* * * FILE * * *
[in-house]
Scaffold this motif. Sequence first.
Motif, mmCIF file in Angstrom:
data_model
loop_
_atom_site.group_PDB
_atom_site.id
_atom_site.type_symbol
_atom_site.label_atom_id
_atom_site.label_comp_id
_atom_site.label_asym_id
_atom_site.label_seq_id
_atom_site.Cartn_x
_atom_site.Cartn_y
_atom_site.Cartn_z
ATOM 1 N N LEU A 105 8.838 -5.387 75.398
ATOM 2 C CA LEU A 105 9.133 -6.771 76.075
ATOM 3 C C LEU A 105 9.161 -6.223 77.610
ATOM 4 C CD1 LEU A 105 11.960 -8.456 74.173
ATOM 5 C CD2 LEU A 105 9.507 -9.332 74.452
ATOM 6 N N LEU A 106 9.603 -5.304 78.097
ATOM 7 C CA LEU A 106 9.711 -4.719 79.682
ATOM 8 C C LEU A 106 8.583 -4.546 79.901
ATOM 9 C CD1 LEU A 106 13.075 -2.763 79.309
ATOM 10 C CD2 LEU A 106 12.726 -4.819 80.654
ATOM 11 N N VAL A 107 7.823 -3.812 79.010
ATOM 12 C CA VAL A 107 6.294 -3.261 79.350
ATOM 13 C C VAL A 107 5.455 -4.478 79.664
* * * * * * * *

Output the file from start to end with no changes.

[in-house]
Scaffold this motif. Sequence first.
Motif, mmCIF file in Angstrom:
data_model
loop_
_atom_site.group_PDB
_atom_site.id
_atom_site.type_symbol
_atom_site.label_atom_id
_atom_site.label_comp_id
_atom_site.label_asym_id
_atom_site.label_seq_id
_atom_site.Cartn_x
_atom_site.Cartn_y
_atom_site.Cartn_z
ATOM 1 N N LEU A 105 8.838 -5.387 75.398
ATOM 2 C CA LEU A 105 9.133 -6.771 76.075
ATOM 3 C C LEU A 105 9.161 -6.223 77.610
ATOM 4 C CD1 LEU A 105 11.960 -8.456 74.173
ATOM 5 C CD2 LEU A 105 9.507 -9.332 74.452
ATOM 6 N N LEU A 106 9.603 -5.304 78.097
ATOM 7 C CA LEU A 106 9.711 -4.719 79.682
ATOM 8 C C LEU A 106 8.583 -4.546 79.901
ATOM 9 C CD1 LEU A 106 13.075 -2.763 79.309
ATOM 10 C CD2 LEU A 106 12.726 -4.819 80.654
ATOM 11 N N VAL A 107 7.823 -3.812 79.010
ATOM 12 C CA VAL A 107 6.294 -3.261 79.350
ATOM 13 C C VAL A 107 5.455 -4.478 79.664